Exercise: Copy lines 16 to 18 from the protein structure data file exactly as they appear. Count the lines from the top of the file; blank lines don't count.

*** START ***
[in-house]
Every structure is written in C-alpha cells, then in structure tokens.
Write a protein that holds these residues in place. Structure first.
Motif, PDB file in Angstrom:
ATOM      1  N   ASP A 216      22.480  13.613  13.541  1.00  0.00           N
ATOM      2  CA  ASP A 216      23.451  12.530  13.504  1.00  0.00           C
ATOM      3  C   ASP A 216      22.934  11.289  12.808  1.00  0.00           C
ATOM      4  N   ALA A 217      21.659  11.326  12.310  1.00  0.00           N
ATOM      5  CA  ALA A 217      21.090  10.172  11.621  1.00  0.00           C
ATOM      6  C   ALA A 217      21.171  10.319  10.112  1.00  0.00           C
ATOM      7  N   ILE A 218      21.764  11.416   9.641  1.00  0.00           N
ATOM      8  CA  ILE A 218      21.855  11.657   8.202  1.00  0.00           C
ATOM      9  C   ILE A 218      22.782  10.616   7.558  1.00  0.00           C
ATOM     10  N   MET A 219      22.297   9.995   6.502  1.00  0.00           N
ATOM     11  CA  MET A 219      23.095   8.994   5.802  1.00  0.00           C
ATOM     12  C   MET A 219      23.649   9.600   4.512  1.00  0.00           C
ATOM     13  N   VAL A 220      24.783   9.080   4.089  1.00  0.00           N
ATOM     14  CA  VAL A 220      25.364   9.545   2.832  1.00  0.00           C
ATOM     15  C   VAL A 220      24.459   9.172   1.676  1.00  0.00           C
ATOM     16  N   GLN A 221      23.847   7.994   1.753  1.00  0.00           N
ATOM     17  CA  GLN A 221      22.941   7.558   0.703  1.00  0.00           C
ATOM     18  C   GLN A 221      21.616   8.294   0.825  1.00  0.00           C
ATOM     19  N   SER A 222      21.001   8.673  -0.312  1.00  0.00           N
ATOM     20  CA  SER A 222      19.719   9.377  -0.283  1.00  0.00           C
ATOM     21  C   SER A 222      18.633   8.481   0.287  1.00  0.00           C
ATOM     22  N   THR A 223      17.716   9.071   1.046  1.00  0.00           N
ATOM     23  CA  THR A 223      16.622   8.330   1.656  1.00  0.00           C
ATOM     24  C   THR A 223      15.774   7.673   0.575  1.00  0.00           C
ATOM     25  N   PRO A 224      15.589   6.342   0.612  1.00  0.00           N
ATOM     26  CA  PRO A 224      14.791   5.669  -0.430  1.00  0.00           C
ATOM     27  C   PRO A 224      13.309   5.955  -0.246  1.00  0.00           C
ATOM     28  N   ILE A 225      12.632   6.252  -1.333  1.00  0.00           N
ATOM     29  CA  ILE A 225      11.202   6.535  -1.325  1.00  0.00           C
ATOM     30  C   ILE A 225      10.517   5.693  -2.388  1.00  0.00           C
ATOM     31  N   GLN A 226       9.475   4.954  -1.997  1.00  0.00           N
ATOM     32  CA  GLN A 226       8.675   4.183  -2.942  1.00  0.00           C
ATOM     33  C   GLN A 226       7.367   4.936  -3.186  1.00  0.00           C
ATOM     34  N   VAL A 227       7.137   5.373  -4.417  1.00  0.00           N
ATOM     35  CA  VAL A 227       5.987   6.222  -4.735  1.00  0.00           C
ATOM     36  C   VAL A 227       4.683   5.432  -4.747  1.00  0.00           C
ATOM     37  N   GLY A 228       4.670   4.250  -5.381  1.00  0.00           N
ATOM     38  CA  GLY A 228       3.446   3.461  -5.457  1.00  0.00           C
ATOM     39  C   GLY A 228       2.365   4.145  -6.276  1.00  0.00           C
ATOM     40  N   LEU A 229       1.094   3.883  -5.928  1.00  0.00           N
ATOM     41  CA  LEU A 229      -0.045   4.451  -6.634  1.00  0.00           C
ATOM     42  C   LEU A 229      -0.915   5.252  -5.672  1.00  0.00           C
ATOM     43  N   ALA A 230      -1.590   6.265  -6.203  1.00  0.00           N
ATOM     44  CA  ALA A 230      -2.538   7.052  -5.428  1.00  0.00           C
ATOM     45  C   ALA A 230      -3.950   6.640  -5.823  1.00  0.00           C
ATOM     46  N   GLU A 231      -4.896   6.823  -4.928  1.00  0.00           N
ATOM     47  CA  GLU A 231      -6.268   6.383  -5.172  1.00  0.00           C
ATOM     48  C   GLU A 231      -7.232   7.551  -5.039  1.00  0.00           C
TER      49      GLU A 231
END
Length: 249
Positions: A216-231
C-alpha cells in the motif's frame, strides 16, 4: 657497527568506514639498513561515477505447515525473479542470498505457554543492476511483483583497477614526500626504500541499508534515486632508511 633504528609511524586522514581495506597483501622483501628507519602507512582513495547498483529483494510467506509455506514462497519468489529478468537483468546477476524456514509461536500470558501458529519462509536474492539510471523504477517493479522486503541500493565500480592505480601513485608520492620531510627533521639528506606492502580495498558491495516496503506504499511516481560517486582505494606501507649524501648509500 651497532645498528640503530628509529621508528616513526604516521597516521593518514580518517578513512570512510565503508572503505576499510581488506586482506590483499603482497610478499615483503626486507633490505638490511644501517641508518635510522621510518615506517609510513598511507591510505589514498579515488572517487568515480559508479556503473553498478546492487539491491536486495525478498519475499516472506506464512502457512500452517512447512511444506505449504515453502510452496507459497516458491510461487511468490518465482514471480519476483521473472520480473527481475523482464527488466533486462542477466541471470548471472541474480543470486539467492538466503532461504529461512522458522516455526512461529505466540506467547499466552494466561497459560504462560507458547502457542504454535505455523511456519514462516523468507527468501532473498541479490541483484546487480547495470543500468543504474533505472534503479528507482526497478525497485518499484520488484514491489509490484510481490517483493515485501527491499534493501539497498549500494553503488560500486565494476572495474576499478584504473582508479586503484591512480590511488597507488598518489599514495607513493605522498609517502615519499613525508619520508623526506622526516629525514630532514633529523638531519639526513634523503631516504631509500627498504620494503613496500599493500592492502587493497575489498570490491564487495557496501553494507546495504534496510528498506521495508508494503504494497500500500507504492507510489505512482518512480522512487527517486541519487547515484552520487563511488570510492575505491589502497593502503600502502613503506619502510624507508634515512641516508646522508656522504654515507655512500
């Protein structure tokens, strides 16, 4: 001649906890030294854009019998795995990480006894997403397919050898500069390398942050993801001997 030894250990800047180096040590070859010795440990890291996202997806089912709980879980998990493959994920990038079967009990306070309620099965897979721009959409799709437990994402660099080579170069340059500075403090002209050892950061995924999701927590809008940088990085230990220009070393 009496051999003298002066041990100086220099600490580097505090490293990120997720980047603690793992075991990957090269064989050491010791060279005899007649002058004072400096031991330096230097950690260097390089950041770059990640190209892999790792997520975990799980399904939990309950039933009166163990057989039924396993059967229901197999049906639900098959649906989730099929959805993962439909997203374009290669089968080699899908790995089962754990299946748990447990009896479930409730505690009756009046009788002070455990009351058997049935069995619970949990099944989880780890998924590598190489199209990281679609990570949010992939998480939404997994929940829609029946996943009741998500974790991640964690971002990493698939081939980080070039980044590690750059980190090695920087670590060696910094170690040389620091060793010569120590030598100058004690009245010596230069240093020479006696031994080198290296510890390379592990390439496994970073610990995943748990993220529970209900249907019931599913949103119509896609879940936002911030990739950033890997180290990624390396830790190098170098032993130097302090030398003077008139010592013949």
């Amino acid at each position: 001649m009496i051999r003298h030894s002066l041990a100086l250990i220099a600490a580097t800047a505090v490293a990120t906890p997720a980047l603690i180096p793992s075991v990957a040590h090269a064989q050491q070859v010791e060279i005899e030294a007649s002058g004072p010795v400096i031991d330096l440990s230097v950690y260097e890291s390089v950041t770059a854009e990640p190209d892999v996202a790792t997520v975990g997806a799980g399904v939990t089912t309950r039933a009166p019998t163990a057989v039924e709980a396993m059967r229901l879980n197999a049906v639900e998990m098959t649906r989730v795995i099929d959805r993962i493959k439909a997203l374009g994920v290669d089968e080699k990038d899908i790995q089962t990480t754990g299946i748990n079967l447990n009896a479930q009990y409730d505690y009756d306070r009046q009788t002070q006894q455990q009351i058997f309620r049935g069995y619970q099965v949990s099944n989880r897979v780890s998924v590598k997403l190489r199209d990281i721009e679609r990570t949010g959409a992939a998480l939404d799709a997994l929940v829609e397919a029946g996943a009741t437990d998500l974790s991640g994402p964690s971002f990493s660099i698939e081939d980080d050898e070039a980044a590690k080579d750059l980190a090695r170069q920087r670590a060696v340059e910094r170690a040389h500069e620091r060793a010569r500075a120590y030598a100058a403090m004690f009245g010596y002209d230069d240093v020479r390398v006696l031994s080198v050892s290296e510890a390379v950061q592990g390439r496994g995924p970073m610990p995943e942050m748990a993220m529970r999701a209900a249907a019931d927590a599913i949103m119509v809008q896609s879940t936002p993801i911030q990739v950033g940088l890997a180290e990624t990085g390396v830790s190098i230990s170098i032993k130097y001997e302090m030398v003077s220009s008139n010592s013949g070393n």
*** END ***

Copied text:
ATOM     12  C   MET A 219      23.649   9.600   4.512  1.00  0.00           C
ATOM     13  N   VAL A 220      24.783   9.080   4.089  1.00  0.00           N
ATOM     14  CA  VAL A 220      25.364   9.545   2.832  1.00  0.00           C